Principal mis-concepts in mainstream object-oriented programming languages:
1. Encapsulation, inheritance, polymorphism - only encapsulation is required (and makes sense) for object-oriented approach. Inheritance and polymorphism look like related to data types subject.
2. Encapsulation is resulting to protocols, but not to classes/objects. For message-passing approach, it's necessary and sufficient to have a concept of protocols. Objects are a consequence of encapsulation and protocols.
3. Object composition (and aggregation as a kind of composition) is not a composition at all, but actually a definition of a type-product in algebraic data types sense.
4. Object composition doesn't take into consideration a processity. A procedure is a process, a function is also a process, but object is not a process.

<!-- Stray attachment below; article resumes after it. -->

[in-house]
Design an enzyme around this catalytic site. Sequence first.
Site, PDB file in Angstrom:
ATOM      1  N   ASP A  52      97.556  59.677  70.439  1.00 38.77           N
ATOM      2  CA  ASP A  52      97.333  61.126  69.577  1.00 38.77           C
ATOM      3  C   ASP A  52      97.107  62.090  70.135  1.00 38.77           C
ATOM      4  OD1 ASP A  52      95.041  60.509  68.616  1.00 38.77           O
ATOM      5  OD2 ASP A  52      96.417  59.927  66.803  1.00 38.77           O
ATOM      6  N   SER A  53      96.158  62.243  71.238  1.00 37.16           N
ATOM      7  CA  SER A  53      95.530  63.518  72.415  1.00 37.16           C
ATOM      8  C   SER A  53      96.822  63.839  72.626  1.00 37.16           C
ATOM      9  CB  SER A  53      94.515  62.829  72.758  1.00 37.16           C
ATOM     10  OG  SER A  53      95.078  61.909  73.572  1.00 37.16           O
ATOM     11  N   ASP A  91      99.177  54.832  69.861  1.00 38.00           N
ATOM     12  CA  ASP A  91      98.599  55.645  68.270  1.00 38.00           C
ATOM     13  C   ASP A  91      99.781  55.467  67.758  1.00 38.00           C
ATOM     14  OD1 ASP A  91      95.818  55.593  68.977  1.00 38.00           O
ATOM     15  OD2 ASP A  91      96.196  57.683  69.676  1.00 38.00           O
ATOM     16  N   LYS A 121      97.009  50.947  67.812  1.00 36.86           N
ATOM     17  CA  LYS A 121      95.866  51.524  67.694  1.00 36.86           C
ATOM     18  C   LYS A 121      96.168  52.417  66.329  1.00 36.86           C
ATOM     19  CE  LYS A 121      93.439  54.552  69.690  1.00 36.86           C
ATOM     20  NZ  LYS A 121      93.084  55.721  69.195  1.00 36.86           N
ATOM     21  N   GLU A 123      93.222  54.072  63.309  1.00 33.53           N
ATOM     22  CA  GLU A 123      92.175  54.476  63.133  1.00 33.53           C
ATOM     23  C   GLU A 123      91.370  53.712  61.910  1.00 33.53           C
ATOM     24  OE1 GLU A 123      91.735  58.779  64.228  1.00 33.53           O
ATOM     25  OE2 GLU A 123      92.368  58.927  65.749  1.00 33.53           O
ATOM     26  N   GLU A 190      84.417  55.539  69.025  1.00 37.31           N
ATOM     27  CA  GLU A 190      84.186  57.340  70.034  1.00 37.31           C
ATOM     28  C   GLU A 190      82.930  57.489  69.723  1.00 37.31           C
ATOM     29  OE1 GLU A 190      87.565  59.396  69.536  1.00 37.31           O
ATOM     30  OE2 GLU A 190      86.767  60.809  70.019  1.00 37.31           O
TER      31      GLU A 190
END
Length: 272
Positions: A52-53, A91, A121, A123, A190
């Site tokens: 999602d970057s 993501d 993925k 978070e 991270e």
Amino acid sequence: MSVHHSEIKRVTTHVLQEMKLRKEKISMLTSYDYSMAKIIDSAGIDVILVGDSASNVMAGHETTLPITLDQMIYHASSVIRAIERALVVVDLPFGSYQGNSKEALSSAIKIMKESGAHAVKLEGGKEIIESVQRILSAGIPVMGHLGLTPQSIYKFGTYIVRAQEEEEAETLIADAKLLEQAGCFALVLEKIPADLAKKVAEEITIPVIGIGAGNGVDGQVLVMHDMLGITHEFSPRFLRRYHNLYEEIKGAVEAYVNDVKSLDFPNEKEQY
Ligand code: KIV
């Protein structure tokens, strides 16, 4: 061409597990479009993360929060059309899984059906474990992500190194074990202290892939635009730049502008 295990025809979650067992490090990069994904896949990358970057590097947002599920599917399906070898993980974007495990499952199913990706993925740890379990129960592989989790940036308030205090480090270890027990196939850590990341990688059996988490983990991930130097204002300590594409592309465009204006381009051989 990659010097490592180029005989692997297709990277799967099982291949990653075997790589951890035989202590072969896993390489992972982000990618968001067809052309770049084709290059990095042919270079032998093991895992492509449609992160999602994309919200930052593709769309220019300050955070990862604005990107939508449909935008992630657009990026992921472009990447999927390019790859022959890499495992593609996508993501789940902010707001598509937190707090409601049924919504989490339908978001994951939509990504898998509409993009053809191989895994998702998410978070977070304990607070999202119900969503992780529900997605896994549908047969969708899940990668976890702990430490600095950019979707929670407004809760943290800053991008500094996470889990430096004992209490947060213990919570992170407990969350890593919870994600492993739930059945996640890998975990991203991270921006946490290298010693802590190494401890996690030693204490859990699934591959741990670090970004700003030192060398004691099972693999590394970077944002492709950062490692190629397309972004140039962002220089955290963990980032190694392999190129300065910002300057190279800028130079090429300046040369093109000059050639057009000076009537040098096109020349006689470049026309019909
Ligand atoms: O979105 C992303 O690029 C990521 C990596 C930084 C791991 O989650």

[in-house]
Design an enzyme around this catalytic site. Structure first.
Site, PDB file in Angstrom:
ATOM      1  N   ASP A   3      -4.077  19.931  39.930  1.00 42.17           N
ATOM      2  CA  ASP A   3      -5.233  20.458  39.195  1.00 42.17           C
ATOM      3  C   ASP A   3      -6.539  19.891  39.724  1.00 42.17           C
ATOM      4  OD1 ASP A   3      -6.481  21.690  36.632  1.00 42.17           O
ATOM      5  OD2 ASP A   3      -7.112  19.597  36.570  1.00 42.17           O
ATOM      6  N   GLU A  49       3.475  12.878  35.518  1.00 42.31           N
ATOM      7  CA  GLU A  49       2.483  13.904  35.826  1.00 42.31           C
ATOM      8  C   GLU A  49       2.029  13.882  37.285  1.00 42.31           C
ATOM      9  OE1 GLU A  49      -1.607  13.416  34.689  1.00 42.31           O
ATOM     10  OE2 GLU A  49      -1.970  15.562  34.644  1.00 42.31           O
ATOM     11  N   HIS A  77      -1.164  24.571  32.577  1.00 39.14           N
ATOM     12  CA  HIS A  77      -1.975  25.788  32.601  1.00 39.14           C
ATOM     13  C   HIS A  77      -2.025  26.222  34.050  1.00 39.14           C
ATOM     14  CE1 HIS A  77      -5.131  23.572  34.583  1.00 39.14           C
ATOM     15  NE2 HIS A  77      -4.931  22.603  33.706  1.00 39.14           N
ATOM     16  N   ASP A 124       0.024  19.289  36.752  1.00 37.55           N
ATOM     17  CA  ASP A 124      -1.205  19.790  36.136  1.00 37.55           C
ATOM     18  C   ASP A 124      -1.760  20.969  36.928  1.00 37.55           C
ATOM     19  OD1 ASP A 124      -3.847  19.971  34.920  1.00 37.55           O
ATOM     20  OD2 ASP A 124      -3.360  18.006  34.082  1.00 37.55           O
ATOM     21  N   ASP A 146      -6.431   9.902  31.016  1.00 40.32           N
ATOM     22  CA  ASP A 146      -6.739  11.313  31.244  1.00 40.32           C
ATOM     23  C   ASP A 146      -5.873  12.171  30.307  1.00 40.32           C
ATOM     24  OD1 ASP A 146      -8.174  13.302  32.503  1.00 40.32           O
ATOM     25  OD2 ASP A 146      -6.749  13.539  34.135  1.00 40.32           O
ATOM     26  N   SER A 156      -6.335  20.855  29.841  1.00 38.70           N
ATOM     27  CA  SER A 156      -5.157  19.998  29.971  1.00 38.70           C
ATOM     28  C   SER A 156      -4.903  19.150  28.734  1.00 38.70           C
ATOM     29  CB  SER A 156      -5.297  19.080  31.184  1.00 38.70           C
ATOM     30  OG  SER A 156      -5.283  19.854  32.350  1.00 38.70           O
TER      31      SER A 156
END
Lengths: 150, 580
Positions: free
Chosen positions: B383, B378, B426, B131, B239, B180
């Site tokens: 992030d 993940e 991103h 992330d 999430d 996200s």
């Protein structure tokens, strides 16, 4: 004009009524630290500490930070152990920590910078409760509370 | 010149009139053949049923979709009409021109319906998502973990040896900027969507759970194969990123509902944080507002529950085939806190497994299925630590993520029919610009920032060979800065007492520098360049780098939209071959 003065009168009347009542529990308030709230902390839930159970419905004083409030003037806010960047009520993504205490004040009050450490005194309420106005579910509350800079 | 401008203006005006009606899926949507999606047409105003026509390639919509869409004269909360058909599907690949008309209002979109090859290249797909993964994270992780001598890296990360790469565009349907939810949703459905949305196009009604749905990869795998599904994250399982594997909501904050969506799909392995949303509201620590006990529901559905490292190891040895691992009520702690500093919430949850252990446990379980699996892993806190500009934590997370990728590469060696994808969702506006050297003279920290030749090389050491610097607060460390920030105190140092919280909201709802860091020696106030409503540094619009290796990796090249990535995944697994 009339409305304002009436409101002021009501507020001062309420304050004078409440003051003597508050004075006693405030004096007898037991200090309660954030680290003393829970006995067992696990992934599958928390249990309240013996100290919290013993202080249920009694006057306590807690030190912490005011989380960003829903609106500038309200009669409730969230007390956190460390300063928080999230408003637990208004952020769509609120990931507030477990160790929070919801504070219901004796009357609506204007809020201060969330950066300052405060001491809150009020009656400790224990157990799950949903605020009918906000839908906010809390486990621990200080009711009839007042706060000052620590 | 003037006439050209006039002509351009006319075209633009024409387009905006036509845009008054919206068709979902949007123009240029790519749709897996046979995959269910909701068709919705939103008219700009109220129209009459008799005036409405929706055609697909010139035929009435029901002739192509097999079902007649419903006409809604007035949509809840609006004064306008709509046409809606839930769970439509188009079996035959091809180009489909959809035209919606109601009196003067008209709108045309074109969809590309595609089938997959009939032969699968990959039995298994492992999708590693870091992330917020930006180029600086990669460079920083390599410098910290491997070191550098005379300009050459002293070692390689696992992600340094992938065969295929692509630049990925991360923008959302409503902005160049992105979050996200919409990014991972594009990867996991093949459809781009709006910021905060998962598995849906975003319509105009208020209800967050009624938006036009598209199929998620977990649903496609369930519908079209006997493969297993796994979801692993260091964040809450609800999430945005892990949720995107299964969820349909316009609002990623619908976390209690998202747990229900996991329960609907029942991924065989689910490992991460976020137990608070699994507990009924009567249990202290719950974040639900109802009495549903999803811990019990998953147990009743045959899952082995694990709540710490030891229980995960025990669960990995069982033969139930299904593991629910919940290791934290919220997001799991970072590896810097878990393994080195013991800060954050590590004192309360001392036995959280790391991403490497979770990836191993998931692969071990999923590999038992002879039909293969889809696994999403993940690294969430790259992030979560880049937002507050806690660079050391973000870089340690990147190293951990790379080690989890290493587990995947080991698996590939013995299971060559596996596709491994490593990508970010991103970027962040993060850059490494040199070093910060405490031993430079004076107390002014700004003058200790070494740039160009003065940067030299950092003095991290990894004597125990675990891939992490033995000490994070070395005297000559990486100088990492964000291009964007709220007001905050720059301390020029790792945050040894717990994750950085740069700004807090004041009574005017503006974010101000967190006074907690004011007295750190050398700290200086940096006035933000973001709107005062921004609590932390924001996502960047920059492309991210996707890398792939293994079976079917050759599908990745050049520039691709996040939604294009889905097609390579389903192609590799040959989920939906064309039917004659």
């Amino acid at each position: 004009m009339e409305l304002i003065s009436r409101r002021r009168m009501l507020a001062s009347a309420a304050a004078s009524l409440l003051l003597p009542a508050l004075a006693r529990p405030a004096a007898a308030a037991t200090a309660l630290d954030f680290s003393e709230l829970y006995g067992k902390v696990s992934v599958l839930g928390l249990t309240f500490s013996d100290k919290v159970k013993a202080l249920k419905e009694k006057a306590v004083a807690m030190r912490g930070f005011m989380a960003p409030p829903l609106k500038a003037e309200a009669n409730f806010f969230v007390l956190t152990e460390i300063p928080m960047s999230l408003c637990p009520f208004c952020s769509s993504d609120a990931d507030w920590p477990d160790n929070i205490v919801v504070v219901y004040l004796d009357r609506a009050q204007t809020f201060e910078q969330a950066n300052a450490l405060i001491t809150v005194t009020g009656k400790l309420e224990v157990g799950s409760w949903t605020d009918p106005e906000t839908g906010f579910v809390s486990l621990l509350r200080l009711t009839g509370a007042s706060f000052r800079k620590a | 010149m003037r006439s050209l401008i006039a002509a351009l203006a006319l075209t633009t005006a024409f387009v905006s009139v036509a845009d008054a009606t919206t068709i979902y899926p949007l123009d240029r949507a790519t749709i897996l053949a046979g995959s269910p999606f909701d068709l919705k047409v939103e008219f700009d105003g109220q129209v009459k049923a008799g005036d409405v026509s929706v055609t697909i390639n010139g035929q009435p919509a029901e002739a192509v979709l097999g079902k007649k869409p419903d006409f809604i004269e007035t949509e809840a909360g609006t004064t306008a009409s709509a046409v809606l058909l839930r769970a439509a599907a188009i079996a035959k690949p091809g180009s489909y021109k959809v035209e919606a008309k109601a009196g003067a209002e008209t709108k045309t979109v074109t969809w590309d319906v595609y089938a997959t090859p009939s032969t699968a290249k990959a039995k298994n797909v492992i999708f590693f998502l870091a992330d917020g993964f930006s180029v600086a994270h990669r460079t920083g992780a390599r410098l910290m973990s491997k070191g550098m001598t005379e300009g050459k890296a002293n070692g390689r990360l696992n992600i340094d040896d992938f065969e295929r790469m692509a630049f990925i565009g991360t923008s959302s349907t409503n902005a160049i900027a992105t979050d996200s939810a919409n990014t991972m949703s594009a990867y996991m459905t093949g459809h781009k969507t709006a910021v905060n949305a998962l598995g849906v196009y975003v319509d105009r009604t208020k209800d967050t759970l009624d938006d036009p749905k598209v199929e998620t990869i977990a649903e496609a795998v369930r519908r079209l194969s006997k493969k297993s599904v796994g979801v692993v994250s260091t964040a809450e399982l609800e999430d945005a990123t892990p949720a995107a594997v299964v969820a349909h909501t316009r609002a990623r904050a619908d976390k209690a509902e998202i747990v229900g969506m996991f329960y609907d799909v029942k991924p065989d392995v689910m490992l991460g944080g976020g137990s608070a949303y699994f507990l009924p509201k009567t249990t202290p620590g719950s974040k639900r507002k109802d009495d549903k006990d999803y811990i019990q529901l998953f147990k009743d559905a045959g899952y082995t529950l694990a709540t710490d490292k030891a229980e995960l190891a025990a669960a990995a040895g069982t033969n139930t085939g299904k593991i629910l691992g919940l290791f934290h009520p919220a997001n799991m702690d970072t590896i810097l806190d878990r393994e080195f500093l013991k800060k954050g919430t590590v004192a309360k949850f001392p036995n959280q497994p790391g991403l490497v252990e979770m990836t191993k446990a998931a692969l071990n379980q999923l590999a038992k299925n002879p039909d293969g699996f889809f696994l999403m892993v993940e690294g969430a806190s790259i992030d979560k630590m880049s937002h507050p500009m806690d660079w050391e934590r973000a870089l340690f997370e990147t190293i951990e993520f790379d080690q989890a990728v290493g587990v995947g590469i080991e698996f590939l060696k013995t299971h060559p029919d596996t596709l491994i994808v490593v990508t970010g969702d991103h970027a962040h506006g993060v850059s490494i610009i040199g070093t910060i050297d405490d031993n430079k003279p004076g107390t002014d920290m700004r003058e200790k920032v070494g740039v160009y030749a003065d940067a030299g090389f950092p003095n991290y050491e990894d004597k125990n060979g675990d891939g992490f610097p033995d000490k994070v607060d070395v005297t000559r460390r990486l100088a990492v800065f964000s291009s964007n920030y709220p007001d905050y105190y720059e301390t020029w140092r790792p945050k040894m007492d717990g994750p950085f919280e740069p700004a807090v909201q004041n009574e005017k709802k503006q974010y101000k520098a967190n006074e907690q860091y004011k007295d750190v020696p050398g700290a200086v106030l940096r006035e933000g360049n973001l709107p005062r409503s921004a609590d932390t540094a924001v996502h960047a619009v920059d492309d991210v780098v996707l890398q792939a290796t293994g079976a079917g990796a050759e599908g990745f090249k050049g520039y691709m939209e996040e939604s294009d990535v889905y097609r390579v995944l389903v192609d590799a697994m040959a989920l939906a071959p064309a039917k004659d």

5. Everything is not objects. Objects and data/values should be distinguished on a language syntax (and semantics) level. Objects define a topology of system communications, data/values have data types and operations.
6. Object modeling is not separated from recourse management (programming). Resources are tightly coupled to language elements. Resources are combinations of notions "algorithm" and "memory" in wide sense.
7. Data types are one of kind of resources. Early resource binding (and early data types assignment in particular) doesn't allow defining semantic (linguistic) abstractions.